A new USAID report focuses on the intersection of climate exposure and state fragility worldwide. It finds that the factors that make a country vulberable to large-scale conflict are similar to those that make it vulnerable to climate change. The report thus offers a way for global audiences with an interest in climate and security to identify places of high concern.
The 6th Asia-Pacific Climate Change Adaptation Forum is scheduled to convene in Manila, the Philippines, from 17-19 October 2018.
Diplomacy has an important role to play in creating an economy compatible with the target of staying below 2°C warming, agreed in Paris in 2015. At the climate conference in Marrakech (COP22) from 7 to 18 November 2016, dubbed the “implementation conference”, many new initiatives strengthened the impression that low-carbon transformation had gone mainstream.
Assessing the positive impacts of climate action, an approach which considers the broad spectrum of social, economic and health benefits, has increasingly gained global recognition. This is due, in part, to the insightful work done by the Global Commission on the Economy and Climate. On this platform, Christian Friis Bach from UNECE noted on February 2016: “Taking into account such co-benefits can radically change the picture and demonstrate that action can pay off, not only in the long term, but also in the short to medium term.” With the Paris Agreement recently ratified by the European Union (EU), what is the potential of the benefits approach for achieving these new commitments in Europe?
In close cooperation with the Climate Action Summit, the European Union is organizing this flagship climate action event to highlight and promote the green economy as a formidable transatlantic opportunity for economic growth, innovation, and climate action.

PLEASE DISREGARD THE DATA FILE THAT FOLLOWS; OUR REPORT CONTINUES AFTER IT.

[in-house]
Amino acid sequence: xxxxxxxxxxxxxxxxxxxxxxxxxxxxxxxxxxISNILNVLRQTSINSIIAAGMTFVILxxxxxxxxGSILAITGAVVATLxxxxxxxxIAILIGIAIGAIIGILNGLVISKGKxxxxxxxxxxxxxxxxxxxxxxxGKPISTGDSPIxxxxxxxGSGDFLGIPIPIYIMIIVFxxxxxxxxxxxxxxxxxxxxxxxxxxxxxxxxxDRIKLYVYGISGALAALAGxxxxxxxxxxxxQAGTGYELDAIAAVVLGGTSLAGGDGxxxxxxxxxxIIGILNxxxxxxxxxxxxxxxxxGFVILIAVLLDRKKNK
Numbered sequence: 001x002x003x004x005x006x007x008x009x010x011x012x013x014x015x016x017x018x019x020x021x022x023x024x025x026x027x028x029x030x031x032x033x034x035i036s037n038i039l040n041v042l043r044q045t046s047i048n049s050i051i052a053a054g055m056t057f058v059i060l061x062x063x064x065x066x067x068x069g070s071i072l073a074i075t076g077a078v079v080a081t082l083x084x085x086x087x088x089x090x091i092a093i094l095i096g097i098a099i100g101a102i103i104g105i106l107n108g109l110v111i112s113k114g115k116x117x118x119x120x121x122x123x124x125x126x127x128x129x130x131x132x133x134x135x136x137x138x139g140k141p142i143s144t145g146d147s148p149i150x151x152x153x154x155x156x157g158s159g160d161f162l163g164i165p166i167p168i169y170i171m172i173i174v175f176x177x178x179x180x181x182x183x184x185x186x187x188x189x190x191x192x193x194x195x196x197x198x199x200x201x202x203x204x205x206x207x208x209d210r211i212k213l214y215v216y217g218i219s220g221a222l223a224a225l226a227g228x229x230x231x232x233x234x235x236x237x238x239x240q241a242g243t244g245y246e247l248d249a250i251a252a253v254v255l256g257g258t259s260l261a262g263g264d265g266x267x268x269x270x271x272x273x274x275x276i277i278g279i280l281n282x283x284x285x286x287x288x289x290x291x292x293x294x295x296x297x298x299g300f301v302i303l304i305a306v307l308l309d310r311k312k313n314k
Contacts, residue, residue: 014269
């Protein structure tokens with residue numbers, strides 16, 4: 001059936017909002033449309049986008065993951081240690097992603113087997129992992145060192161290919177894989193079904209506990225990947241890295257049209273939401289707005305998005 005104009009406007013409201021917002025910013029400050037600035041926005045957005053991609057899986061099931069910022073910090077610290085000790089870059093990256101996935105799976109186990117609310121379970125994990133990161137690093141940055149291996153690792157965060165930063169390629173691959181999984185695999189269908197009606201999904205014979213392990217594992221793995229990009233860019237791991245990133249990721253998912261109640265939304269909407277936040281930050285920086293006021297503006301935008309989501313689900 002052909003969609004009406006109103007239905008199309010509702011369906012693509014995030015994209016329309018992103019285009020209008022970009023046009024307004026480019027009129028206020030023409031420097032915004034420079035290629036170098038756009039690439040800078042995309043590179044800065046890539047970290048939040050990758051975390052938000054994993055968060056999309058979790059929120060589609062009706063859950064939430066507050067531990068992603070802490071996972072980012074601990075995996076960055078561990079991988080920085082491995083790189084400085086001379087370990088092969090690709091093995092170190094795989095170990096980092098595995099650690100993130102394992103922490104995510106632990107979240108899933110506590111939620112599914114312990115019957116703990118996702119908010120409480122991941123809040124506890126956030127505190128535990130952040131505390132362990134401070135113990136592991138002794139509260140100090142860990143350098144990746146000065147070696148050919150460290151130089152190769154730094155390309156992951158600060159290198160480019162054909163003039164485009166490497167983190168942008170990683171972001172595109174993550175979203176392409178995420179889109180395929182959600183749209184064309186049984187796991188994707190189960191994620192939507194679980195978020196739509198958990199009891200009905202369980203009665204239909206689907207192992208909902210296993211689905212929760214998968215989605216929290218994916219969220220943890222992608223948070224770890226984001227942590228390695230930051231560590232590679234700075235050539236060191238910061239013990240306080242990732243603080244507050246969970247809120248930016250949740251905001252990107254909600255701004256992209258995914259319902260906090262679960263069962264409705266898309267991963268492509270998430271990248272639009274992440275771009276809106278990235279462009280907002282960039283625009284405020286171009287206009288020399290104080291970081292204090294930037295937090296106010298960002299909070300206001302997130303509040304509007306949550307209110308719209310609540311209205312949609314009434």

The Latin America and Caribbean region is particularly vulnerable to some of the most challenging aspects of climate change – sea-level rise affecting coastal cities, changes in precipitation impacting agriculture, glacial melting threatening water reserves. Population trends – like migration and urbanization – can exacerbate these challenges or, in some cases, serve as methods of adaptation.
The European Environment Agency (EEA) published today a series of interactive maps, illustrating various climate threats European cities face as well as cities’ capacity to respond to these threats.
For many years, the EU pursued the strategy of 'leading by example’ in international climate negotiations.
Developing countries are the most vulnerable to the impacts of climate. Although greatly depending on climate-sensitive natural resources for income and well-being, most developing countries still lack sufficient financial and technical capacities to manage the increasing climate risks.
What steps should the EU take to mitigate the security challenges posed by climate change? At a minimum, Gerald Stang thinks that it’s time for Brussels to look less at climate-related threats from abroad and to consider the ones that exist close to home.
September 3-5 marked the most recent NATO summit in Cardiff, Wales.